Trinity tree of the month- the Common Ash

Posted on: 11 January 2023

This January we are featuring one of Ireland’s tallest native tree species, the Common Ash (Fraxinus excelsior, or Fuinseog in Irish). The tree is located in the South Arboretum of Trinity College Botanic Garden beside Trinity Hall in Dartry.

This tree is in good health, and it is estimated to be about 150 years old. It is 27 metres tall, 3.11 metres girth and a canopy spread of almost 21 metres.  The estimated carbon currently stored in this tree is 3982.43 kg. It was present when Trinity’s Botanic Gardens moved from its previous site at Ballsbridge to its current home in 1967.  Ash trees usually live for 200-250 years and in some cases up to 300 years. 

Interestingly, Ash trees are normally dioecious - meaning that male and female flowers occur on separate plants.  However, sexual expression in plants can sometimes be variable and Ash is a great example of this.  Some of these trees change sex yearly, some carry branches of the other sex, some become hermaphrodite.

Irish folklore and mythology is saturated with tributes to trees.  Ash was one of the “guardian trees of Ireland” which sheltered each of the old provinces.  It is one of seven sacred trees mentioned in Irish folklore, for which the Celt’s had a deep appreciation, and is also recognised in the Ogham alphabet.  Ash represents the 8th month in the Ogham Tree Calendar and its Ogham letter is Onn, which is the old Irish word for ash.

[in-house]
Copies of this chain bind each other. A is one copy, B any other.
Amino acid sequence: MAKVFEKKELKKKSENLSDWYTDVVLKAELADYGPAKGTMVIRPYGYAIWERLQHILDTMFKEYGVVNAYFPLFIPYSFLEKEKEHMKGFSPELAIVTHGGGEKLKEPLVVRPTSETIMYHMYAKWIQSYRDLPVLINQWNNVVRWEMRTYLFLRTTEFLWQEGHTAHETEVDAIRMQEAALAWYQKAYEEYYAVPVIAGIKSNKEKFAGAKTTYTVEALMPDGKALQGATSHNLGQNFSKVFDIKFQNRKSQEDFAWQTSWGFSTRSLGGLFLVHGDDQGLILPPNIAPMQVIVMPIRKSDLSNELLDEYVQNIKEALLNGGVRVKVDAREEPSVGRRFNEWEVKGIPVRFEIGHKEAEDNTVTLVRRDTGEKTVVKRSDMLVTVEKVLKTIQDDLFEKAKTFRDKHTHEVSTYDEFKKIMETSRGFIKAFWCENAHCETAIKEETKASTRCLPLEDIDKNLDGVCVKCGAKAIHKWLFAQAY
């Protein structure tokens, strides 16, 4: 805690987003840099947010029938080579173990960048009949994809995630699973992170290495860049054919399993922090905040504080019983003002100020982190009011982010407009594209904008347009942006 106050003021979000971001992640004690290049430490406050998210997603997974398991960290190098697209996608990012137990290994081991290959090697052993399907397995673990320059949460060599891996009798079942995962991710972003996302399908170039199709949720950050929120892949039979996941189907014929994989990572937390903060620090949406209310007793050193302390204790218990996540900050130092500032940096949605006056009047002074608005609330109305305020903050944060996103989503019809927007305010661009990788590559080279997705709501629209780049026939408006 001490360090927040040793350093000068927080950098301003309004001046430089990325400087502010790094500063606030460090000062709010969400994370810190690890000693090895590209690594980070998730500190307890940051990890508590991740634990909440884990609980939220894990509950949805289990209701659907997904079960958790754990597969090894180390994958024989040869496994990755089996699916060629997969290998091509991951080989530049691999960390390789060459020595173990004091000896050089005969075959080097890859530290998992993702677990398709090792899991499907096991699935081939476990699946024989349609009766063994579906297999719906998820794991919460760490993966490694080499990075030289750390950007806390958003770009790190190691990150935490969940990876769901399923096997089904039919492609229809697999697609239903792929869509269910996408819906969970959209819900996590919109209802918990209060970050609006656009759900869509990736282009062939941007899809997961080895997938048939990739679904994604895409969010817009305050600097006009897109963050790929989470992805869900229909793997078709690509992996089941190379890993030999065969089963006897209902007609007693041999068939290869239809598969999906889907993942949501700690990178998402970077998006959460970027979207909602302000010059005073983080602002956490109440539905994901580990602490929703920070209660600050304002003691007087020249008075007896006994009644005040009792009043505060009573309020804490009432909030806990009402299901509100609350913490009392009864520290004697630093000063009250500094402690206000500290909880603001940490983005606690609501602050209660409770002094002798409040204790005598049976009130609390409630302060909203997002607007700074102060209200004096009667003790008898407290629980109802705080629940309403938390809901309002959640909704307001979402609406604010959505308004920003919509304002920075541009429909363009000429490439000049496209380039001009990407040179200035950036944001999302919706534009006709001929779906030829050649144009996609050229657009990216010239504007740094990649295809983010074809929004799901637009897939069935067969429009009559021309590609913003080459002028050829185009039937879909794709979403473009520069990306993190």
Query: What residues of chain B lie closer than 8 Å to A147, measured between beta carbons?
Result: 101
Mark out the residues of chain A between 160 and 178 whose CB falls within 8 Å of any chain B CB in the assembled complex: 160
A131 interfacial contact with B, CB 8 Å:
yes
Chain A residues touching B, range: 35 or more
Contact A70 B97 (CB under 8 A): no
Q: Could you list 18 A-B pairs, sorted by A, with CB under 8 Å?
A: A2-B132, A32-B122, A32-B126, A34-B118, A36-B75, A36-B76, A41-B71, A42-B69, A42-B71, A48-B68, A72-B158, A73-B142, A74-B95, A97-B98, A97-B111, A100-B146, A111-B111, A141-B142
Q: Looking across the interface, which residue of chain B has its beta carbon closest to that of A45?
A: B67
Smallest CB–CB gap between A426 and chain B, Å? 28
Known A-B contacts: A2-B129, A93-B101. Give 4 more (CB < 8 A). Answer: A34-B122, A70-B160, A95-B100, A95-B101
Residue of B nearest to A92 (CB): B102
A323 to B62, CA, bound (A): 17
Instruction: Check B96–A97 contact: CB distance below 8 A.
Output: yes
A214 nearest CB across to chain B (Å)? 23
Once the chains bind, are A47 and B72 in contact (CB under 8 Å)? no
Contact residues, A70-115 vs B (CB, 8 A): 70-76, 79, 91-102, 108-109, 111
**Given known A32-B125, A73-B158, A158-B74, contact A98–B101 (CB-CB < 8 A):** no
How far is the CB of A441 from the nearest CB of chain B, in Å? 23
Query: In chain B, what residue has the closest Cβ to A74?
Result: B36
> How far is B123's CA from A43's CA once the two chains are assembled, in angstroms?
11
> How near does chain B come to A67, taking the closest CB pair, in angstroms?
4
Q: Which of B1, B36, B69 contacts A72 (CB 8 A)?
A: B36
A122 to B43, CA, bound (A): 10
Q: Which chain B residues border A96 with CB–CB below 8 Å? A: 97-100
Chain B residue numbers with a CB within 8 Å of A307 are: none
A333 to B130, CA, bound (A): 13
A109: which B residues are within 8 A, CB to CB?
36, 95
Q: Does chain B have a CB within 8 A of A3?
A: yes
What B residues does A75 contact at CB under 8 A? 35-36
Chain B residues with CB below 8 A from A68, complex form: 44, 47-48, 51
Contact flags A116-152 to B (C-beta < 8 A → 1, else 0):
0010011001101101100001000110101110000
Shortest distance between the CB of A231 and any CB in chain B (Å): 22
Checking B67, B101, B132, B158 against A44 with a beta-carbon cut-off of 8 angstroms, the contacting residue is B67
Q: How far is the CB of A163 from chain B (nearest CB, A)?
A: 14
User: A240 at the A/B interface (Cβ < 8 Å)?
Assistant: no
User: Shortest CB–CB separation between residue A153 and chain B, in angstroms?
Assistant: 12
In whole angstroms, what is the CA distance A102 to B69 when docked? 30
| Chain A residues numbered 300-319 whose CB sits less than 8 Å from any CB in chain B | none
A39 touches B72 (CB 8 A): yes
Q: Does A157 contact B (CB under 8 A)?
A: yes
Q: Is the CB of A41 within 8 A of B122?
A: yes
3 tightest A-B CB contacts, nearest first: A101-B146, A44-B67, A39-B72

It also carries great cultural significance in Ireland as the light, durable and elastic wood that makes hurleys.  One big concern for the species and for hurley production especially - some 400,000 hurley’s are required annually to fulfil domestic supply - is the Ash Die Back disease, which is now widespread in Europe and usually fatal. Professor of Botany Trevor Hodkinson and colleagues are doing great work in this area of research. 

We welcome you to visit the Botanic Garden to see this beautiful tree amongst many other fantastic species, and read more about their mission and work here.  Special thanks to the staff of the garden for providing history and information on the Ash: Dr Steve Waldren, Curator/Administrator and Dr Michelle Murray, Outreach Officer.  Also, a special thanks to the staff at Estates and Facilities who care for our grounds and trees. 


Media Contact:

Katie Byrne | Public Affairs and Communications | | +353 1 896 4168